injected deep (2000 – 2500m) below Barrow Island. The domestic gas
will be piped to the Western Australian mainland. The domestic gas
component of the Project will increase domestic gas supplies into
WA by about one third. First LNG production is scheduled for
Gas from the Gorgon field, and the nearby deepwater gasfield of
Jansz-Io, will be produced from sub-sea wells and transported to
Barrow Island via pipelines for processing.
After a lengthy and detailed assessment process, final Federal
and State Government approvals for the Gorgon Project were given,
first in 2007, and later in 2009 to support a revised and expanded
proposal (Government of Western Australia 2007, 2009; Commonwealth
Government of Australia 2007, 2009). The approval conditions, plus
the requirements of the State Agreement signed in 2003, define the
required environmental performance. Pertinent requirements on the
Restrictions on taking tenure over undisturbed vegetation on
Barrow Island for the Gorgon Project to 300 ha out of 23,400
Funding of the permanent presence of the
Western Australian Department of Environment and Conservation on
Funding for Net Conservation Benefits to add to or improve
biodiversity conservation values targeting, where possible, the
biodiversity conservation values affected or occurring in similar
bioregions to Barrow Island in Western Australia
The funding of a North West Shelf Flatback Turtle Conservation
Program over a 60 year period, which includes activities to survey,
monitor and research flatback turtle populations in the region;
The establishment of three independent expert panels to advise
the WA Minister for Environment and Chevron Australia. The panels
provide advice on dredging, quarantine, and flatback turtles.
I n add it io n , to d r ive e nv i r o n me nt a l protection
and conservation outcomes, more than 30 Environment Management
Plans have been developed by Chevron Australia a n d ap pr ove d by
t h e WA S t at e a n d Commonwealth Governments (see ht
tp://www.chevronaustral ia.com/ourbusinesses/g o r g o n /e n v i r
o n m e n t a l r e s p o n s i b i l i t
y/environmentalapprovals.aspx, accessed November 2012). These
plans, processes and systems have leveraged the collective
environmental knowledge of nearly 50 years of oilfield operation on
Barrow Island. This suite of protection measures is now built into
every aspect of the construction and operation plans for the Gorgon
An important aspect of protection measures is to monitor for
impact on the environment, achieved though a government requirement
to design monitoring programs (including quarantine surveillance
for invertebrates), with the ability to detect, at a statistical
power of 0.8 or greater, or an alternative statistical power as
determined by the Minister for the Environment in Western
Australia, changes or impacts on key ecological elements on Barrow
The Gorgon Gas Development is one of the world’s largest natural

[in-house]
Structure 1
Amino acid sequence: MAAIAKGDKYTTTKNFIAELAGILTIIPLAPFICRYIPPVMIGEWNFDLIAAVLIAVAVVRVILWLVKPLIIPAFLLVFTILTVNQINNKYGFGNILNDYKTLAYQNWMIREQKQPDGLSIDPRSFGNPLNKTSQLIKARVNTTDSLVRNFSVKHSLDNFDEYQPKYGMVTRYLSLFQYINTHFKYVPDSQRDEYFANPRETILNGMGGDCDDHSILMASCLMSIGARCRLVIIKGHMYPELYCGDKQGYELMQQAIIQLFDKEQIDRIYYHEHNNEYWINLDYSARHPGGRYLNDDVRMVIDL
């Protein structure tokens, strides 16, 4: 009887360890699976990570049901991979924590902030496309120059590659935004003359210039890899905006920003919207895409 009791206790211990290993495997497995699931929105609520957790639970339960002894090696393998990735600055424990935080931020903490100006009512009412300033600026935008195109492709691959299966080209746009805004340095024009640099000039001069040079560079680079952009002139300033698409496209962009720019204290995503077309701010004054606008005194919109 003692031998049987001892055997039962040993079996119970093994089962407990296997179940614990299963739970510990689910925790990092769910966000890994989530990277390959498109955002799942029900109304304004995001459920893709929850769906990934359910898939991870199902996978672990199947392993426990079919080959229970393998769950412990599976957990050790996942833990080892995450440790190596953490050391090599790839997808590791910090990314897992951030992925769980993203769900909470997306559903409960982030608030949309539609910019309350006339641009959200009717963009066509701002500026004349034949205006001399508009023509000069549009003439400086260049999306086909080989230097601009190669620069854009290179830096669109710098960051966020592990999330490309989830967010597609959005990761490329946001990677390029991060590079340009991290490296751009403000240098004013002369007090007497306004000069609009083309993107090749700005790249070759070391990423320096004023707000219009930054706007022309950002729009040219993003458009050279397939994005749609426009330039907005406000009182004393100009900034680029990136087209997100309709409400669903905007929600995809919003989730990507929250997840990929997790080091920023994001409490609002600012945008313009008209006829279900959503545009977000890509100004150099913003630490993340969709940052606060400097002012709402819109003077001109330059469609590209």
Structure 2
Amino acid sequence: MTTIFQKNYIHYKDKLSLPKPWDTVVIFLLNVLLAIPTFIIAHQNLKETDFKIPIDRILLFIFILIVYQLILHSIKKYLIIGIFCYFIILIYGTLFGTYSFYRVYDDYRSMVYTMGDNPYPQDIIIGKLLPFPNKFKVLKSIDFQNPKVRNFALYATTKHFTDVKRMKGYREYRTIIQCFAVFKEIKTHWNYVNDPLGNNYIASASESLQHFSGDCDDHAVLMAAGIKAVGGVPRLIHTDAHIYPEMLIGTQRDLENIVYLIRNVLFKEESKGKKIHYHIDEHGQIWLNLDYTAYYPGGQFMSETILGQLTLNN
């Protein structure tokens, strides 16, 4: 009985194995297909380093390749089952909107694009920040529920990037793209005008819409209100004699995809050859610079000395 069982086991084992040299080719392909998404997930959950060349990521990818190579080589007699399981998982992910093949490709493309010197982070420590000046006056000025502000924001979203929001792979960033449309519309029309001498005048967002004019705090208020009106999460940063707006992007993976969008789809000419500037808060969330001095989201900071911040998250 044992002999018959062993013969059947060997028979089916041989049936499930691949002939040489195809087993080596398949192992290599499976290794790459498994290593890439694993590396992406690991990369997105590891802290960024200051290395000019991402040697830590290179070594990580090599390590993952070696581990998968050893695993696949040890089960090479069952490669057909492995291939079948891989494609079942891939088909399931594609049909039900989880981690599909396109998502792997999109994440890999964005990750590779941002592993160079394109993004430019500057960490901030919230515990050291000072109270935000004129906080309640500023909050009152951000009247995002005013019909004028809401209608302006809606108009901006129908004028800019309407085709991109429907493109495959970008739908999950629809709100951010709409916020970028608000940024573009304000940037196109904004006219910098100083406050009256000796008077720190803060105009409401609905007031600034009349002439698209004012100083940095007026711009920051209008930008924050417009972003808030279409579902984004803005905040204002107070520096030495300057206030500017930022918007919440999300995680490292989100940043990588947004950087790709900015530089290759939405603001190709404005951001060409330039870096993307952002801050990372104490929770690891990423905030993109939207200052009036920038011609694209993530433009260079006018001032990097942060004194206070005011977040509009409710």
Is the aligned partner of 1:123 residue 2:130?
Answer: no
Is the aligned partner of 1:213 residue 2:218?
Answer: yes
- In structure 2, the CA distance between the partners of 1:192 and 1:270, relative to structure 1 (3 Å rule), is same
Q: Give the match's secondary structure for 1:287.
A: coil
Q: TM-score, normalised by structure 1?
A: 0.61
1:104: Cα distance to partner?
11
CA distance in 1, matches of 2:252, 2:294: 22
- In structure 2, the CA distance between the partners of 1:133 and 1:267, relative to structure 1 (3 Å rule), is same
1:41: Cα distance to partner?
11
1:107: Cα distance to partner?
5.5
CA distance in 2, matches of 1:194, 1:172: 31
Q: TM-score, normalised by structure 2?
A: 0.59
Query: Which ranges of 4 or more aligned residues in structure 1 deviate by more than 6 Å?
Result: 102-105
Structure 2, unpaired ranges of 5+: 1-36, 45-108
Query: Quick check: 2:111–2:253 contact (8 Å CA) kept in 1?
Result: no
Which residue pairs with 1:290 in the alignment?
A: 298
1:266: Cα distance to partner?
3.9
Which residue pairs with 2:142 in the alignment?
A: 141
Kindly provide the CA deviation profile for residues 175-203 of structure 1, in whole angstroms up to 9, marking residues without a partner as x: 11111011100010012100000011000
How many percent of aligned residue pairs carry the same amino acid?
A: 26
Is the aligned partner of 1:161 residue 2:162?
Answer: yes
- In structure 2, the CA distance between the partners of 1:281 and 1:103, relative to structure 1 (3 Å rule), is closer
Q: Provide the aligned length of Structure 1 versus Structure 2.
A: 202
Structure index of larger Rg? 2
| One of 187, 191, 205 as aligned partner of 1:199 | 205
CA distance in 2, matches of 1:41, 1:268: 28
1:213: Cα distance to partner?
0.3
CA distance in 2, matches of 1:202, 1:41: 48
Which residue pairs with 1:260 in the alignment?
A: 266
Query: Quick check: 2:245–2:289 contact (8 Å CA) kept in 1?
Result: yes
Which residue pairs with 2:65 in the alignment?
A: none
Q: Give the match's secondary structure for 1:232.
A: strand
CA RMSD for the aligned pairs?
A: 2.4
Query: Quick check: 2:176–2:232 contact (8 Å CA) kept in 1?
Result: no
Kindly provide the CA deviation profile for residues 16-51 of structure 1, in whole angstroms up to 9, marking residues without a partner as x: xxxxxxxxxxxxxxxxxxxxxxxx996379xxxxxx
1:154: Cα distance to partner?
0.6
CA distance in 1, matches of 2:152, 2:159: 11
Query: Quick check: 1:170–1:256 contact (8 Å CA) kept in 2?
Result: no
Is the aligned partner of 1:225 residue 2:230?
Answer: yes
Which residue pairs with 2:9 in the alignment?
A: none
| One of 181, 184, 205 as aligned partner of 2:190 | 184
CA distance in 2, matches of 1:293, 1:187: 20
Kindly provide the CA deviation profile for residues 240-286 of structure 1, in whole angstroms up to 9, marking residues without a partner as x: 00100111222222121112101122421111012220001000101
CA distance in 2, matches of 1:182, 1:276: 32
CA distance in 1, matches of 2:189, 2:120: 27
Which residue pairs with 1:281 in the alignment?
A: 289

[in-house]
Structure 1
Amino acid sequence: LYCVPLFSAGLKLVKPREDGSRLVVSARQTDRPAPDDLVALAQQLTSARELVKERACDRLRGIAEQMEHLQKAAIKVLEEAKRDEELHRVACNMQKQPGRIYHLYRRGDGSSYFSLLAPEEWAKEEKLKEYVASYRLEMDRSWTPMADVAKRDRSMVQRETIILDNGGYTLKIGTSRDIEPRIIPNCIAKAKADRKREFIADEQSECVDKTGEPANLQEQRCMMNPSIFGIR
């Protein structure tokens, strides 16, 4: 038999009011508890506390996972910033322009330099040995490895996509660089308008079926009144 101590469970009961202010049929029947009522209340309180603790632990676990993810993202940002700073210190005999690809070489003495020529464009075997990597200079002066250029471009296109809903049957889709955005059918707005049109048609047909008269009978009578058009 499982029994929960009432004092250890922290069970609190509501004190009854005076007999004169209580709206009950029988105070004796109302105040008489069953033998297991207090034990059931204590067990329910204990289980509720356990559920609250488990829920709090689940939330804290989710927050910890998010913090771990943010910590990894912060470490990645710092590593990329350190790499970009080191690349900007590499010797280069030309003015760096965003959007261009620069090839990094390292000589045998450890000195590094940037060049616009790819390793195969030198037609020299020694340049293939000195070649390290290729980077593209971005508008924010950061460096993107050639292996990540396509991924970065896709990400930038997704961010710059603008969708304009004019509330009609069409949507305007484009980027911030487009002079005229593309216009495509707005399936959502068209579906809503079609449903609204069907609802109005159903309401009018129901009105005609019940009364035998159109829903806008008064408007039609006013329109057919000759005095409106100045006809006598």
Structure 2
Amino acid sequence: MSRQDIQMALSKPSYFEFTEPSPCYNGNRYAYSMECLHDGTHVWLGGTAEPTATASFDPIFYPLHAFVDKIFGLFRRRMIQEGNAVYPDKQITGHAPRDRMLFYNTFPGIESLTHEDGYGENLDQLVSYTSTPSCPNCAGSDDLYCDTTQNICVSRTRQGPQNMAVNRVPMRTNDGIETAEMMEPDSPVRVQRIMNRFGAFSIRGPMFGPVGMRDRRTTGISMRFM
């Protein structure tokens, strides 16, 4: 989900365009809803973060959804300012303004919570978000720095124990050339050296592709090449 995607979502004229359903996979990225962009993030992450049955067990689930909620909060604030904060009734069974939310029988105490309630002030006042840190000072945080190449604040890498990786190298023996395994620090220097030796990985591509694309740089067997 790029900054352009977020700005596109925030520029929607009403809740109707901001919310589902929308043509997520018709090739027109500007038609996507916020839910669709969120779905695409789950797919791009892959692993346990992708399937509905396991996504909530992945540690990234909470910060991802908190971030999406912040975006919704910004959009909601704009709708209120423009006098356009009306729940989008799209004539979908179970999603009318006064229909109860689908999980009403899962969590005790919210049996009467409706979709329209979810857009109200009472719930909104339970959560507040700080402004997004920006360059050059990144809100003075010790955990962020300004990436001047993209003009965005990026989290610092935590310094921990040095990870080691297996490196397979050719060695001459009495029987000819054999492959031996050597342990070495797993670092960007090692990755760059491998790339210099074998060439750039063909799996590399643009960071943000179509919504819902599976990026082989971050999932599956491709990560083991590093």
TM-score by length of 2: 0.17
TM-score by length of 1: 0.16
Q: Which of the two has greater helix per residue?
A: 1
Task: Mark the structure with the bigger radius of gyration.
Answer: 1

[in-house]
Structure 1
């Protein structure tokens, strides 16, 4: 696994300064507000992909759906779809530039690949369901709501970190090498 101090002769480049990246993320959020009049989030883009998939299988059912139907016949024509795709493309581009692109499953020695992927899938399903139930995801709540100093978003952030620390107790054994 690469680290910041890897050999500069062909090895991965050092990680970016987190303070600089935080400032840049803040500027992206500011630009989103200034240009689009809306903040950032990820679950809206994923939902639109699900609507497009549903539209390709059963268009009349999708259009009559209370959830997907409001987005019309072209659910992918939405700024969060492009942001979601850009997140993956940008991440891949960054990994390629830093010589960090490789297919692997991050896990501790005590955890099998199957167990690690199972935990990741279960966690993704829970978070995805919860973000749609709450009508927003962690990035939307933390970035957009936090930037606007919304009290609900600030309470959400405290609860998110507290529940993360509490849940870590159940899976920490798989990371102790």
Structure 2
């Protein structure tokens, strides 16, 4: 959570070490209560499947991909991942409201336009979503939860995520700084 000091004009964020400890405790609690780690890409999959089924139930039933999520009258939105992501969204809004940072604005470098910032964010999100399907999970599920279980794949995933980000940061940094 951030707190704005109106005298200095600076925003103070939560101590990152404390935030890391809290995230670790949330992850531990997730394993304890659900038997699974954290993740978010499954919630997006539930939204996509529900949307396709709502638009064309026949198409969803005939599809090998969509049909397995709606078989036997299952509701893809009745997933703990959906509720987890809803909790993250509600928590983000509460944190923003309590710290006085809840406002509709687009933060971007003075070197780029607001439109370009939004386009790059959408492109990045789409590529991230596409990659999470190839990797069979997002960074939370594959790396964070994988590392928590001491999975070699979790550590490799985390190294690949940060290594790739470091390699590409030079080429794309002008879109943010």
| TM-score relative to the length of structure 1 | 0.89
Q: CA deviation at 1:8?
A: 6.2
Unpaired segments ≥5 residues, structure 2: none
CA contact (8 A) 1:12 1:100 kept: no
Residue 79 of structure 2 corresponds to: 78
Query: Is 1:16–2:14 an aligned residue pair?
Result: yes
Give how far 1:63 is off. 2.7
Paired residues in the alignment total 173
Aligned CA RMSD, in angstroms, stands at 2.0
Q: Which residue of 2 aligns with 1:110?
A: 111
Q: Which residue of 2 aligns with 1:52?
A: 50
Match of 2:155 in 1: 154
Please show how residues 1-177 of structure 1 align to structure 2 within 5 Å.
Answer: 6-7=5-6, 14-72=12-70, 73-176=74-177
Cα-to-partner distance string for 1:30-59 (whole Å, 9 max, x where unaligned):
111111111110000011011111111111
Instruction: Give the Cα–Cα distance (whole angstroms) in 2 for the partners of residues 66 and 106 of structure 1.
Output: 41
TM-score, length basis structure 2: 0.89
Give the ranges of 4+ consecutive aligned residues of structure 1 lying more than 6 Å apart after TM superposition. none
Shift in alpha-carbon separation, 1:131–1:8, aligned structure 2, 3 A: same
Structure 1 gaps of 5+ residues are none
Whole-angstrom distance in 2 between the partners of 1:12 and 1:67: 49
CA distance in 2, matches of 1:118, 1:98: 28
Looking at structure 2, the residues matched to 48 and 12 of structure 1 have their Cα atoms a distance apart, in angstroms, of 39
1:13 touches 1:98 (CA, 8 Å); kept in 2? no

gas projects and the largest single natural gas project in
Australia’s history. Through plans, procedures, programs and
research, Chevron Australia and its joint venture participants have
established a benchmark for environmental management of this
important island reserve.
The Gorgon Gas Development is operated by Chevron Australia Pty
Ltd (Chevron Australia), an Australian subsidiary of Chevron
Corporation, and is owned by a joint venture comprising Chevron
Australia (approximately 47.3 per cent) and Australian subsidiaries
of ExxonMobil (25 per cent), Shell (25 per cent), Osaka Gas (1.25
per cent), Tokyo Gas (one per cent) and Chubu Electric Company
(0.417 per cent).
GORGON ENVIRONMENTAL COMMITMENTS 11
Chevron Australia (2003). Environmental, Social and Economic
Review of the gorgon Gas Development on Barrow Island. Chevron
Australia, Perth, Australia.
Chevron Australia (2005). Draft Gorgon Environmental Impact
Statement/Environmental Review and Management Programme for the
Proposed Gorgon Development. Chevron Australia, Perth,
Chevron Australia (2006). Final Environmental Impact
Statement/Environmental Review and Management Programme for the
Gorgon Gas Development. Chevron Australia, Perth, Australia.
Chevron Australia (2008). Gorgon Gas Development Revised and
Expanded Proposal Public Environmental Review. Chevron Australia,
Perth, Western Australia.
Commonwealth Government of Australia (2007). Approval
– Gorgon Gas Development (EPBC Reference: 2003/1294), 3 October
2007. Canberra, Australian Capital Territory.
Commonwealth Government of Australia (2009). Approval – Gorgon
Gas Development (EPBC Reference: 2008/4178), 26 August 2009.
Canberra, Australian Capital Territory.
Government of Western Australia (2007). Statement that a
Proposal may be Implemented – Gorgon Gas Development: Barrow Island
Nature Reserve (Ministerial Statement No. 748), 6 September 2007.
Perth, Western Australia.
Government of Western Australia (2009). Statement that a
Proposal may be Implemented – Gorgon Gas Development Revised and
Expanded Proposal: Barrow Island Nature Reserve (Ministerial
Statement No. 800), 10 August 2009. Perth, Western Australia.
MANUSCRIPT RECEIVED 13 DECEMBER 2012; ACCEPTED 20 MARCH